Stop the exploitation

Television Links

Lion cubs (part 2)

South Africa’s wildlife attracts the attention of thousands of international tourists every year. The National Parks are famous for the big five, the smaller five and huge diversity in landscapes. The international community is also well aware of some the challenges that South African conservation faces and as a result they donate money, support our conservation industry and some even come here, to South Africa, to volunteer. Tourist-volunteers pay to be accommodated at wildlife centres and then work as labourers, cleaning cages, feeding orphaned animals and cuddling cubs. However, while these volunteers feel like they are contributing to saving a species, this is not always the case. Lions bred in captivity very rarely get put back into the wild and what happens to them once the volunteers leave? We can only guess. Some lion cubs are handled so often they sustain many injuries and more sinister are the later use of lion cubs for canned hunting and the lion bone trade. We cannot help but ask what some of these organisations are doing with so many animals? And if our international volunteers knew about some the more sinister practices, would they still be offering their services?

http://www.youtube.com/watch?v=P3I97-XPDbo


Lion cubs (part 1)

South Africa’s wildlife attracts the attention of thousands of international tourists every year. The National Parks are famous for the big five, the smaller five and huge diversity in landscapes. The international community is also well aware of some the challenges that South African conservation faces and as a result they donate money, support our conservation industry and some even come here, to South Africa, to volunteer. Tourist-volunteers pay to be accommodated at wildlife centres and then work as labourers, cleaning cages, feeding orphaned animals and cuddling cubs. However, while these volunteers feel like they are contributing to saving a species, this is not always the case. Lions bred in captivity very rarely get put back into the wild and what happens to them once the volunteers leave? We can only guess. Some lion cubs are handled so often they sustain many injuries and more sinister are the later use of lion cubs for canned hunting and the lion bone trade. We cannot help but ask what some of these organisations are doing with so many animals? And if our international volunteers knew about some the more sinister practices, would they still be offering their services?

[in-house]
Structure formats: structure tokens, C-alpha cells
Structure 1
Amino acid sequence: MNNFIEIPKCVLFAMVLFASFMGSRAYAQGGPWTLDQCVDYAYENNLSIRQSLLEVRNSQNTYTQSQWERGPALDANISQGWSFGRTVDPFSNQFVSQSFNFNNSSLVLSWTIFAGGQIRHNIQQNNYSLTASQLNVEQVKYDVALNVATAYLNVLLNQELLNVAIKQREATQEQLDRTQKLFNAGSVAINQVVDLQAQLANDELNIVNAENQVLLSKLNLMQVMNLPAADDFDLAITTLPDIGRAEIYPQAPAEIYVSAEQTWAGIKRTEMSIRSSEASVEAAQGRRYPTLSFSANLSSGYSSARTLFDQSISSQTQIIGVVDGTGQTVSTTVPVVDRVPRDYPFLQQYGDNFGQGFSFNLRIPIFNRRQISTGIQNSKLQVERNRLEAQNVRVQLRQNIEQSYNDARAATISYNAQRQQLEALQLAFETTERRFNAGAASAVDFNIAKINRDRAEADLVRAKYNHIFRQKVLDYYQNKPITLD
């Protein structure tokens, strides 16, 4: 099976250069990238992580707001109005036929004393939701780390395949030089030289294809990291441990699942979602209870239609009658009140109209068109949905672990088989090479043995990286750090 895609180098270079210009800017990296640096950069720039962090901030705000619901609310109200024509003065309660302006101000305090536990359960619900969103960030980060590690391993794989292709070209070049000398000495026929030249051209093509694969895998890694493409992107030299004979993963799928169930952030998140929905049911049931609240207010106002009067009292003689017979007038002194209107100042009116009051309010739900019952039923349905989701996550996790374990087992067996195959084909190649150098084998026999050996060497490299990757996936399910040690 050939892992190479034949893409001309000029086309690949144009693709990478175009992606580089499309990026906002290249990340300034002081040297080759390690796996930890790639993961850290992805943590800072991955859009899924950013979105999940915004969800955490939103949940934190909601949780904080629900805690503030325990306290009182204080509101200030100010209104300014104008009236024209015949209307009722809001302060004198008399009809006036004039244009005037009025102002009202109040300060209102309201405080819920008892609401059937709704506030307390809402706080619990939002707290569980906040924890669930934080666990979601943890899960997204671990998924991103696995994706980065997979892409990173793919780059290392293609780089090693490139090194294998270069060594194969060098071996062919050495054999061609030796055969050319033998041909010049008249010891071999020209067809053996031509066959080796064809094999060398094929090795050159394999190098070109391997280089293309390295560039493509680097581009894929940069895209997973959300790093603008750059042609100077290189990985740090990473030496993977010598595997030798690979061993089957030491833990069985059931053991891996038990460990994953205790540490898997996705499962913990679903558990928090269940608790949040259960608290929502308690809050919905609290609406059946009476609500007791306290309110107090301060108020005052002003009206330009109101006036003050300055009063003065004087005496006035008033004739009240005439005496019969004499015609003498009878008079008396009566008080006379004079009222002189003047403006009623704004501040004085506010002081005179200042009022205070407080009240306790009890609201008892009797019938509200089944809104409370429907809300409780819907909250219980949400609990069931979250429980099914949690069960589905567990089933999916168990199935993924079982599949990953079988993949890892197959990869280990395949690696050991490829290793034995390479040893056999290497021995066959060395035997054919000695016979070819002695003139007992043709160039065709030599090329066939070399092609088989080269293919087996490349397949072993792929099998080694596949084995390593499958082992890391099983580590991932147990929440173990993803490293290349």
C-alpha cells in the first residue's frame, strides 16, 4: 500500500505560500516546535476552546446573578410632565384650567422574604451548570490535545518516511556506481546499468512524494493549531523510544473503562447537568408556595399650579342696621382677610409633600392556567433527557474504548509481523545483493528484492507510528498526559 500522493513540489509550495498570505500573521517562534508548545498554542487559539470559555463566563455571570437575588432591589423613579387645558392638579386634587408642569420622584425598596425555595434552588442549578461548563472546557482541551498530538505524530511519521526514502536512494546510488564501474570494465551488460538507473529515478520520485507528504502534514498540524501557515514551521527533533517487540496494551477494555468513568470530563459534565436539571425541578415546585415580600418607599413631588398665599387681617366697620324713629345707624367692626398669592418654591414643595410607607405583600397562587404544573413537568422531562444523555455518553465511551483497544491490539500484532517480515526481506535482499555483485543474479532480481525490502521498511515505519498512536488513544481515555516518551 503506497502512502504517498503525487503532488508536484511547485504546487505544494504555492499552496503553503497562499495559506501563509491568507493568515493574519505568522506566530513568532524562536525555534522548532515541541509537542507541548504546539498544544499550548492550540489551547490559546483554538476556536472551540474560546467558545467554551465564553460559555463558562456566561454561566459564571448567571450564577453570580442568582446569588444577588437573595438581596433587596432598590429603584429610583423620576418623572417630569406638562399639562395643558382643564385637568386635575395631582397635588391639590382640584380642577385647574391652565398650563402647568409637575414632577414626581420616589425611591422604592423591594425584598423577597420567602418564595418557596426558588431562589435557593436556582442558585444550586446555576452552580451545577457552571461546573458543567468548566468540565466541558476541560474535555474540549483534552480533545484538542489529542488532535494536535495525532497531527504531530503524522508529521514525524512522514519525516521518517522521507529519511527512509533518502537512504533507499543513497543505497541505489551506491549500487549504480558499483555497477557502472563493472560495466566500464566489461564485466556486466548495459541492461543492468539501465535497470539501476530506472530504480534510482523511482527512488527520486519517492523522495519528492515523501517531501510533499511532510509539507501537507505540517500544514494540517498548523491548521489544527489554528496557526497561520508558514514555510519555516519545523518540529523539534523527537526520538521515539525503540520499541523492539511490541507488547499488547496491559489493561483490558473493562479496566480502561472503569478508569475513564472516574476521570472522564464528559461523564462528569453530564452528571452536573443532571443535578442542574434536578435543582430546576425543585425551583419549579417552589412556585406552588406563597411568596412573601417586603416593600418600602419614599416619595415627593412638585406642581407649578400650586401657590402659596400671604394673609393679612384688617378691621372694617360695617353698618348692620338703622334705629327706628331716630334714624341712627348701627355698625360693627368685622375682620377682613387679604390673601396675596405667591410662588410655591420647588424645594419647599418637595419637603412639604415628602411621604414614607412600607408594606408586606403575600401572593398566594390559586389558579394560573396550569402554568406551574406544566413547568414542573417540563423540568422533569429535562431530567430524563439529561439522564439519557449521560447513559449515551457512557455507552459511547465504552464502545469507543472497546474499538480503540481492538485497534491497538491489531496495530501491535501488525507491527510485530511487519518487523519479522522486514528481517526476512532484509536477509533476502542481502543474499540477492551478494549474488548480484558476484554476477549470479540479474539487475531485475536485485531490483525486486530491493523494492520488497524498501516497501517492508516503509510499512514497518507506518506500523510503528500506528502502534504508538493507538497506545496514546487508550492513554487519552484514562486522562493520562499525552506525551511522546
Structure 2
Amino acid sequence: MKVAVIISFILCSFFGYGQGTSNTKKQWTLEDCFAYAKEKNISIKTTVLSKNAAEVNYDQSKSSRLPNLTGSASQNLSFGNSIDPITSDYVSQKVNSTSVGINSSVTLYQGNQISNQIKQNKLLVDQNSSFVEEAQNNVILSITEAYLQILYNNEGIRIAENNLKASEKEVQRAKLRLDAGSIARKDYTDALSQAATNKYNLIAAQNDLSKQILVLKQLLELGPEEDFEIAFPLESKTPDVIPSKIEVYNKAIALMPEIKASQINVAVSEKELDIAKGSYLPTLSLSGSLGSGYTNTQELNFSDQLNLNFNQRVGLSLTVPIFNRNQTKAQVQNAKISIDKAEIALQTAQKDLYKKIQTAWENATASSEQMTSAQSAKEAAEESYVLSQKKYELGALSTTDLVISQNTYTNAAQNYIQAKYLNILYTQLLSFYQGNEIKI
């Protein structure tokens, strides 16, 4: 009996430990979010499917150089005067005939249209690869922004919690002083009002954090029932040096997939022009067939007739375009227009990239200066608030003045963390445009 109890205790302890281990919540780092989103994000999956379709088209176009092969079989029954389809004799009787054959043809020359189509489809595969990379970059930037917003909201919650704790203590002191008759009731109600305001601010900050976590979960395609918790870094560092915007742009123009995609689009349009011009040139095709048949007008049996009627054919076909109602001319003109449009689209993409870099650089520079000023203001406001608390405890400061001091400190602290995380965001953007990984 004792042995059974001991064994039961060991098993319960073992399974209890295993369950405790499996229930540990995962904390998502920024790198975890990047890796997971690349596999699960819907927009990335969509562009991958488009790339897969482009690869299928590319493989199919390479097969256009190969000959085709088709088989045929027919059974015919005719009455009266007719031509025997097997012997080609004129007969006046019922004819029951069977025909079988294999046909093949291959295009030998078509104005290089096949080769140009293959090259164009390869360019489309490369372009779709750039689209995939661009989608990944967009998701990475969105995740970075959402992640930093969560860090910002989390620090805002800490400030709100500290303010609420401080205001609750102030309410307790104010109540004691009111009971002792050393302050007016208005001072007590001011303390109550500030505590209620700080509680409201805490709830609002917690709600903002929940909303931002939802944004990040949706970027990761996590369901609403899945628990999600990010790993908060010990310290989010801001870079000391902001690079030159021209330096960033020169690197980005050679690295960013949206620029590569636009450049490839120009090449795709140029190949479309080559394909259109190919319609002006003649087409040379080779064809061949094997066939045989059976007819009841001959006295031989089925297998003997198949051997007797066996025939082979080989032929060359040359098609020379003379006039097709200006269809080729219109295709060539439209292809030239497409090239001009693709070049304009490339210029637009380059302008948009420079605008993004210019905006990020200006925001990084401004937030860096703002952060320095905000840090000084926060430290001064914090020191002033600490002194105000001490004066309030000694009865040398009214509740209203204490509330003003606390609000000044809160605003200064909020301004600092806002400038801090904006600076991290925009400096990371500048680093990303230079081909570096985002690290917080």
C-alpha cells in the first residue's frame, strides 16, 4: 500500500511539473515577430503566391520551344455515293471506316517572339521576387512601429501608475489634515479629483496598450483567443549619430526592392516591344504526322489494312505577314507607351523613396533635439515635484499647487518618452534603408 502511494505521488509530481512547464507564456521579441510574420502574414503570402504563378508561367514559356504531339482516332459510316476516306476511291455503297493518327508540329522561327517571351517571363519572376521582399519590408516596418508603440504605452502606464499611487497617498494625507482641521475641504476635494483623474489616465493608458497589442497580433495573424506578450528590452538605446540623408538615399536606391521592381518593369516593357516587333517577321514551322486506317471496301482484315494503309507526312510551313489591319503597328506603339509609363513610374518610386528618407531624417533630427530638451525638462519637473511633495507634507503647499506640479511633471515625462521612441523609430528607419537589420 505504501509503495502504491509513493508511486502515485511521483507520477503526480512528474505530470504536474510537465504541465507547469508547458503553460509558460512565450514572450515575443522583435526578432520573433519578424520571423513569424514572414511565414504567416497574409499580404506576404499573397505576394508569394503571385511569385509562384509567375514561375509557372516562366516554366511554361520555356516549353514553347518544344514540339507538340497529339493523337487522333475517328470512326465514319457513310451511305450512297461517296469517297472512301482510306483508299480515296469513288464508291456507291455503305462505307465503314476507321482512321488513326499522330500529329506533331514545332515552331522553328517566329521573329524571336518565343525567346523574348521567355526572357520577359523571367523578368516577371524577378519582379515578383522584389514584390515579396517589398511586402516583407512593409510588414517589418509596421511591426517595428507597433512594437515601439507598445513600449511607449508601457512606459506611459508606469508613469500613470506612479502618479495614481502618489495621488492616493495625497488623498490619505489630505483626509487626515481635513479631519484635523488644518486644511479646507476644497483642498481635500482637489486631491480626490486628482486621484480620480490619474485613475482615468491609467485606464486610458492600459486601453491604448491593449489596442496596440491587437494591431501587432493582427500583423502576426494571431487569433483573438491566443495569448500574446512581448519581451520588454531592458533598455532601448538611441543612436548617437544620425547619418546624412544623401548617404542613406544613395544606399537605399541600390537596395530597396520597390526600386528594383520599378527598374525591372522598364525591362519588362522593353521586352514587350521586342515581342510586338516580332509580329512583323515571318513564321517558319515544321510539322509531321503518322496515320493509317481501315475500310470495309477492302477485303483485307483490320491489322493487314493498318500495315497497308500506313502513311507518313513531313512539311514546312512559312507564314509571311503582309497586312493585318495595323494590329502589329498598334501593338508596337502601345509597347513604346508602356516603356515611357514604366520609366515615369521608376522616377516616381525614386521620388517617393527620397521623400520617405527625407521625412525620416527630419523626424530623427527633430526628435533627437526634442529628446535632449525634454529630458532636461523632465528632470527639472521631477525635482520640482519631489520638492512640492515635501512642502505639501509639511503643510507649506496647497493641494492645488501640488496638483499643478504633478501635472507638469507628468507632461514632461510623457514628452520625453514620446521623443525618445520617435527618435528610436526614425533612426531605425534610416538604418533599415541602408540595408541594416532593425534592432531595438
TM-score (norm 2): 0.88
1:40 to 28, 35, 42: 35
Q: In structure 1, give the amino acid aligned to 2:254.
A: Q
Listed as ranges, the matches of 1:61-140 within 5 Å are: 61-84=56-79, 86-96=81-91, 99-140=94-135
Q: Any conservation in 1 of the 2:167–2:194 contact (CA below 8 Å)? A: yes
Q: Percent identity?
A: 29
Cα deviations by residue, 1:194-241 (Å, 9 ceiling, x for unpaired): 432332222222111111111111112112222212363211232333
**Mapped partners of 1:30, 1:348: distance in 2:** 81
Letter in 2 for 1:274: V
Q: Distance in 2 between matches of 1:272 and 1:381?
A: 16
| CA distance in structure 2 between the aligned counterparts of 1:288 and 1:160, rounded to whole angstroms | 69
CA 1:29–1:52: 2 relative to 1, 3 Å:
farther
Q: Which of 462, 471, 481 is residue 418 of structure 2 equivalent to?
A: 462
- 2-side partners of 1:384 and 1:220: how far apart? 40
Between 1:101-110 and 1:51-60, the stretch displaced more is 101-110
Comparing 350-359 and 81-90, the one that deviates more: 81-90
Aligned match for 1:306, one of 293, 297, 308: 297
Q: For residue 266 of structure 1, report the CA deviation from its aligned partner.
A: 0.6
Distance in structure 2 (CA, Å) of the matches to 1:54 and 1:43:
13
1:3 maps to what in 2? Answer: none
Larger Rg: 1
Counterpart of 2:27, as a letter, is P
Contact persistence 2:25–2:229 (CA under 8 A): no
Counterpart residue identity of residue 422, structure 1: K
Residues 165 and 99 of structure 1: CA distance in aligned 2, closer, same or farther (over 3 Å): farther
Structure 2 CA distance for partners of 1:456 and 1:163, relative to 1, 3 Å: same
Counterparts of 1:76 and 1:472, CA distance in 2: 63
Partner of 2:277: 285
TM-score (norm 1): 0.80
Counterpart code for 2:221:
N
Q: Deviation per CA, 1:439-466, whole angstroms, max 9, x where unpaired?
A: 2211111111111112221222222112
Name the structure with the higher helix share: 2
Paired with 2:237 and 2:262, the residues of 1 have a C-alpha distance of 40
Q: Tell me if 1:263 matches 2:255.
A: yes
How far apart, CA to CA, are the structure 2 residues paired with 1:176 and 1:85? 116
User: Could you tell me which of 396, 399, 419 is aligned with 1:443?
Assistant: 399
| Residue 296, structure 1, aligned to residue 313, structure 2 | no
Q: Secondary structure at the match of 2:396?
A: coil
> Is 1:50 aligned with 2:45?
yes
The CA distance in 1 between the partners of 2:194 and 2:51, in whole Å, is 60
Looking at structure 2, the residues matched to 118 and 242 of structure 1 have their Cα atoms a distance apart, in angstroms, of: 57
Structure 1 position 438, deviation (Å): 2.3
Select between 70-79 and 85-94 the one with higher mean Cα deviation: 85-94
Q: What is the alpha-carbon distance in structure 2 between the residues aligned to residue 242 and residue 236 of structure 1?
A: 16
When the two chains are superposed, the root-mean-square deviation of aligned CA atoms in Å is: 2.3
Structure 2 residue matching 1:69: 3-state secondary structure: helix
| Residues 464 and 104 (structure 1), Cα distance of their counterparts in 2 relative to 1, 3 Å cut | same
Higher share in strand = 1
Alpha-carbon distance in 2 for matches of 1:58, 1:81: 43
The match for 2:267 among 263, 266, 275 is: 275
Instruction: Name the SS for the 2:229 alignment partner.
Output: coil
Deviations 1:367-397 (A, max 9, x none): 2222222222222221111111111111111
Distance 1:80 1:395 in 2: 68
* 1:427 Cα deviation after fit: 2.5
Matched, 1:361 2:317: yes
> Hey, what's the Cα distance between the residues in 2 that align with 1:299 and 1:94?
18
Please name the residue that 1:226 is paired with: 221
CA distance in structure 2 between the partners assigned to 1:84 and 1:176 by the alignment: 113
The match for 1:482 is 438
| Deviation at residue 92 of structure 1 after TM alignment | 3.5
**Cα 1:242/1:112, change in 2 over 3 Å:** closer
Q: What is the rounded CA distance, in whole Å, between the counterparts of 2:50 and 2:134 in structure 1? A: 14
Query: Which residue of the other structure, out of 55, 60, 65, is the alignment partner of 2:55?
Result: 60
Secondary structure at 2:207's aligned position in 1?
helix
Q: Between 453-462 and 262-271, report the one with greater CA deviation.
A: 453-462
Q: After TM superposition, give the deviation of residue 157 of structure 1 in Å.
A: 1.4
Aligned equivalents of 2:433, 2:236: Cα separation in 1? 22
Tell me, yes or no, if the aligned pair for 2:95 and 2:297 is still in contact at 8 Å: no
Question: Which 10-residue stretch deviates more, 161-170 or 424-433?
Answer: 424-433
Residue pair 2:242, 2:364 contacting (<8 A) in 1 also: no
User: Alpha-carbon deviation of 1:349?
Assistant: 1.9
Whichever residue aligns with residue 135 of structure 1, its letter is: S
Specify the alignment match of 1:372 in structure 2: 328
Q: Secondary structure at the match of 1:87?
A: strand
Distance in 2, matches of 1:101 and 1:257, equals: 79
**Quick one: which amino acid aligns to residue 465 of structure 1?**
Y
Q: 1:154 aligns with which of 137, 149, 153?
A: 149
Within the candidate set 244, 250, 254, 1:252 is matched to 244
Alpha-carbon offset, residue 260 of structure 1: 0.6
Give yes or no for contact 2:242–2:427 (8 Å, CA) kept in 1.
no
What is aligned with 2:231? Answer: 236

http://www.youtube.com/watch?v=ZqfKVvdlRHQ


Canned hunting and the lion bone trade

Aljazeera – Every year, hundreds of tourists pay about $20,000 to be able to shoot lions in an enclosure. This is called canned hunting.

http://www.youtube.com/watch?v=wVPxfYFj7Yg


Canned lion hunting to stay

Aljazeera – In South Africa, thousands of lions are bred in captivity only to be hunted and killed in enclosed areas, a practice known as “canned” hunting.
Now government efforts to regulate the industry have been overturned by the country’s Supreme Court.

http://www.youtube.com/watch?v=uxnkXDbrpDw


South Africa cracks down on canned hunting

Aljazeera¬†– The future of around 5000 bred in captivity in South Africa is at the centre of a court battle. It follows the Government’s attempt to stop what’s known as the canned hunting of large animals, including lions. New regulations would only allow for animals to be hunted two years after they’ve been released into the wild. Kalay¬†Maistry reports.

http://www.youtube.com/watch?v=9IkokknpCJ0